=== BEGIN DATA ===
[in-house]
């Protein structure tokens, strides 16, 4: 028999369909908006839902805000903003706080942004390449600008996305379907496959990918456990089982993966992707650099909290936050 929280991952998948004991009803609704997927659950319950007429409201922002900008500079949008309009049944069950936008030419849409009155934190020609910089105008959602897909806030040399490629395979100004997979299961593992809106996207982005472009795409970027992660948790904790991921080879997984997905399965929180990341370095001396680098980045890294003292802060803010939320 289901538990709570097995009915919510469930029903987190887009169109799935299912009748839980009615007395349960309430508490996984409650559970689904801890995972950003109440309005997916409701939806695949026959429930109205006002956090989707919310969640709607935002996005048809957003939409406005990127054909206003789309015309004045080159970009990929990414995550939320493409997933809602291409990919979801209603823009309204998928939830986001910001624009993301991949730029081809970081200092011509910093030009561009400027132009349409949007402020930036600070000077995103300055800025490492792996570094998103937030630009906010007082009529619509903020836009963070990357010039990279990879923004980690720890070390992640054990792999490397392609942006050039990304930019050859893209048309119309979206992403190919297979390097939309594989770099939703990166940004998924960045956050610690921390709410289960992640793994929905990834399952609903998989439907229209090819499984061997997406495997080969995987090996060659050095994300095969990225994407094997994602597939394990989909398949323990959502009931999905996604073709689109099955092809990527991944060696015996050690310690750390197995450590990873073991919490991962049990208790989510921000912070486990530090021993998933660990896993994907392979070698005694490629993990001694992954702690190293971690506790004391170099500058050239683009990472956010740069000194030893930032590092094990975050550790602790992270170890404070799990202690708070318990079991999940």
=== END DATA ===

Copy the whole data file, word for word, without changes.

[in-house]
């Protein structure tokens, strides 16, 4: 028999369909908006839902805000903003706080942004390449600008996305379907496959990918456990089982993966992707650099909290936050 929280991952998948004991009803609704997927659950319950007429409201922002900008500079949008309009049944069950936008030419849409009155934190020609910089105008959602897909806030040399490629395979100004997979299961593992809106996207982005472009795409970027992660948790904790991921080879997984997905399965929180990341370095001396680098980045890294003292802060803010939320 289901538990709570097995009915919510469930029903987190887009169109799935299912009748839980009615007395349960309430508490996984409650559970689904801890995972950003109440309005997916409701939806695949026959429930109205006002956090989707919310969640709607935002996005048809957003939409406005990127054909206003789309015309004045080159970009990929990414995550939320493409997933809602291409990919979801209603823009309204998928939830986001910001624009993301991949730029081809970081200092011509910093030009561009400027132009349409949007402020930036600070000077995103300055800025490492792996570094998103937030630009906010007082009529619509903020836009963070990357010039990279990879923004980690720890070390992640054990792999490397392609942006050039990304930019050859893209048309119309979206992403190919297979390097939309594989770099939703990166940004998924960045956050610690921390709410289960992640793994929905990834399952609903998989439907229209090819499984061997997406495997080969995987090996060659050095994300095969990225994407094997994602597939394990989909398949323990959502009931999905996604073709689109099955092809990527991944060696015996050690310690750390197995450590990873073991919490991962049990208790989510921000912070486990530090021993998933660990896993994907392979070698005694490629993990001694992954702690190293971690506790004391170099500058050239683009990472956010740069000194030893930032590092094990975050550790602790992270170890404070799990202690708070318990079991999940």